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National recognition for project to make city streets less grey, East Street Arts

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An innovative urban arts project to make the streets of Leeds city centre a little less grey has received national recognition.

A City Less Grey, a joint project from East Street Arts and LeedsBID, took the award for best use of arts, culture or sport in placemaking at the Planning Awards in London.

Launched in November 2016, the project kick-started an exhilarating time for urban art in Leeds by injecting colour into corners of the city, and also brought the UK’s tallest piece of street art to Leeds.

The project began on Kirkgate, the oldest street in Leeds, on the hoarding covering the collapsed First White Cloth Hall. Artwork at Sovereign Square, a second piece on Kirkgate, Platform and Vicar Lane followed. Artists Kasia Breska, Jo Peel, Joe Dickenson, NOMAD Clan and Mel Holmes were each commissioned to deliver a bespoke piece of work to transform a site in their own unique style, with carefully considered emotional connection and identity, and the incorporation of poignant references to the local environment.

Initiated by East Street Arts and funded by LeedsBID, the project involved collaboration between arts, community, and business partners.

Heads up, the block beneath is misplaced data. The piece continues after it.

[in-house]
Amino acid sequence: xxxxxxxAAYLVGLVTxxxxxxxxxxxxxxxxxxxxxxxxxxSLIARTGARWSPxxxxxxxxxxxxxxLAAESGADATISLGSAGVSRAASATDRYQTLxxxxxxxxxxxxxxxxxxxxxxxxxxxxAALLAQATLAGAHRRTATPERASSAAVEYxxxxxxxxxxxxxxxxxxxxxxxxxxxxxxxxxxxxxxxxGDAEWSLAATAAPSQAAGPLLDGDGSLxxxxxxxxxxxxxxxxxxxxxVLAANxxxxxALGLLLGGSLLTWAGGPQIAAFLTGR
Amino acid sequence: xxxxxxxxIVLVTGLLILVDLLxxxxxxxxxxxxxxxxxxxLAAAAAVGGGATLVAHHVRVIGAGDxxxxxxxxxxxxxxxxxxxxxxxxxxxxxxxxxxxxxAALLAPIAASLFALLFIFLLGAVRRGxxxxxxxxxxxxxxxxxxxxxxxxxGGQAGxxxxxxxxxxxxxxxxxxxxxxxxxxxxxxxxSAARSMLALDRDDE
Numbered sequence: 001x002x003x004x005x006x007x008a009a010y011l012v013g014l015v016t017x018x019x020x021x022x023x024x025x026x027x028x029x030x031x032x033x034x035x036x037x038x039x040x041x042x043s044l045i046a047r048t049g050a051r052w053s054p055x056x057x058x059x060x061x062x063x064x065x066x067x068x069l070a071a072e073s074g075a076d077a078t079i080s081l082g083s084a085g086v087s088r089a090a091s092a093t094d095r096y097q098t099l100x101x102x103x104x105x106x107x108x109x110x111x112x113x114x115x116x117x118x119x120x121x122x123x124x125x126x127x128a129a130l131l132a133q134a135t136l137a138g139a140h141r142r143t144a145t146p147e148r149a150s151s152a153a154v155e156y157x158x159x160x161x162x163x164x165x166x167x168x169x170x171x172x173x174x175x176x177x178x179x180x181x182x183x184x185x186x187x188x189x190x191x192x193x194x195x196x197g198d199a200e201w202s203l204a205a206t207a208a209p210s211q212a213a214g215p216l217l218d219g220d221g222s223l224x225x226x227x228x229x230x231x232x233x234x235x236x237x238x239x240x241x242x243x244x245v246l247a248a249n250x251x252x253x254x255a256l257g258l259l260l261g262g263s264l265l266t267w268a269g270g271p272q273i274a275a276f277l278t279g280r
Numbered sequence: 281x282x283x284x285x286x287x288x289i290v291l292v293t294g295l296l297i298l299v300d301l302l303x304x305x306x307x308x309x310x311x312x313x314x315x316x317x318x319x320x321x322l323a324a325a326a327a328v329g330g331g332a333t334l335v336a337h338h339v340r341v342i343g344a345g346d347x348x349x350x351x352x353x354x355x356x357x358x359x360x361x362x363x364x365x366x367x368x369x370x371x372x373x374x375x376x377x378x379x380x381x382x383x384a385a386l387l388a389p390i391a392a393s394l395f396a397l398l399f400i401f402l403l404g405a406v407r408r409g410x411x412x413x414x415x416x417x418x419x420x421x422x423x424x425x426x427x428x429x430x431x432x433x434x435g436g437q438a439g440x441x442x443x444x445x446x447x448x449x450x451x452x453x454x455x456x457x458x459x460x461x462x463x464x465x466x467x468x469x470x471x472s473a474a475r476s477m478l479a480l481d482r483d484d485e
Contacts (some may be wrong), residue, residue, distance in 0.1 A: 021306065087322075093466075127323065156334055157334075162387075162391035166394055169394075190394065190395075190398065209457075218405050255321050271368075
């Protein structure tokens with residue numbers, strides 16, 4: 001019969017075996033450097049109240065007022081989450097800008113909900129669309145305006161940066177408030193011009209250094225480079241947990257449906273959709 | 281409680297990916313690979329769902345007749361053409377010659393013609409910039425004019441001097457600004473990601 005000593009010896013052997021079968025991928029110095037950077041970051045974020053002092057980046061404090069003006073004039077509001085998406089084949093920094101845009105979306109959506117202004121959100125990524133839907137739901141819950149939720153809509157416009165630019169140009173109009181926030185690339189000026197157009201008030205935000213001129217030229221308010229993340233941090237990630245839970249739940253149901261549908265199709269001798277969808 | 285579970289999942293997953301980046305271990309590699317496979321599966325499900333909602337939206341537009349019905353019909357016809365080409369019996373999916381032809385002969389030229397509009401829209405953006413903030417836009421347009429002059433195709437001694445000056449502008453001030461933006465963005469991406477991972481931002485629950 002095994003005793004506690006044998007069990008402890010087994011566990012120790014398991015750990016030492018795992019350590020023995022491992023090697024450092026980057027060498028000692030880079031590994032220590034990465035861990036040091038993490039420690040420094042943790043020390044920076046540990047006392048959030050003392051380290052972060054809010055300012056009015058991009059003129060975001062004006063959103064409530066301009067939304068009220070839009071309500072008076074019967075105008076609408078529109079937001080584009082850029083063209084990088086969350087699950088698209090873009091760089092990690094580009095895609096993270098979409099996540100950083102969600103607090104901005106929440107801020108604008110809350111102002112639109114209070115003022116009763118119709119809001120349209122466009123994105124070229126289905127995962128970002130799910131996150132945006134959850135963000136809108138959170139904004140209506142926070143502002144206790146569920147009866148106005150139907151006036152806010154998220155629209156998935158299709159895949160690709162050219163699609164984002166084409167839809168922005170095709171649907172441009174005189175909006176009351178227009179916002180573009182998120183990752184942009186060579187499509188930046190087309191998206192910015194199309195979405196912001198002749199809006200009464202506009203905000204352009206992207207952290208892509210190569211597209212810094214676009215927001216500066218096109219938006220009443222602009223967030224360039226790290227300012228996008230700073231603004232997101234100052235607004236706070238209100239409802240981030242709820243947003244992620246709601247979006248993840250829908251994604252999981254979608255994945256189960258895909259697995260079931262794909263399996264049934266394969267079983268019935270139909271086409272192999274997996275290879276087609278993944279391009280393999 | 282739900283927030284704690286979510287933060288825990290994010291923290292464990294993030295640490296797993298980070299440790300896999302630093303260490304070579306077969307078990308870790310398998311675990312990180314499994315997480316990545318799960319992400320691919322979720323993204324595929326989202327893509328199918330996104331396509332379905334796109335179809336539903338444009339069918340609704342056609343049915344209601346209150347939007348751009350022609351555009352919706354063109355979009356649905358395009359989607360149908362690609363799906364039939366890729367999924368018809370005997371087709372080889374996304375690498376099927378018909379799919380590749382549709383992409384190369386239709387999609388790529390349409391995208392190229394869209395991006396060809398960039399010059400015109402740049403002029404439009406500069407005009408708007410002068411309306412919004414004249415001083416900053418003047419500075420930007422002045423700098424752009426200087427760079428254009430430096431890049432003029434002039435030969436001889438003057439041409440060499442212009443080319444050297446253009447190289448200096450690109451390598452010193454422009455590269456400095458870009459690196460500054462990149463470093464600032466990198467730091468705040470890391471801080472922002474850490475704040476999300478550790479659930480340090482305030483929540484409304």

LeedsBID Chief Executive, Andrew Cooper, said: “We are delighted A City Less Grey has received this prestigious award and national recognition for all it has achieved. This project has vastly enhanced the city’s ambience, showcased its personality and welcome, and has now become a best-practice example in placemaking/shaping - as well as putting Leeds on the map as home to the UK’s tallest piece of street art."

Karen Watson, artistic director and founder of East Street Arts, said: “Each and every artist we worked with brought something really special to the project and they’ve all helped to bring the city to life with colour and creativity; it’s a fantastic example of collaboration at its best. We’re dedicated to expanding the project further and look forward to bringing even more public art to the city in the near future.”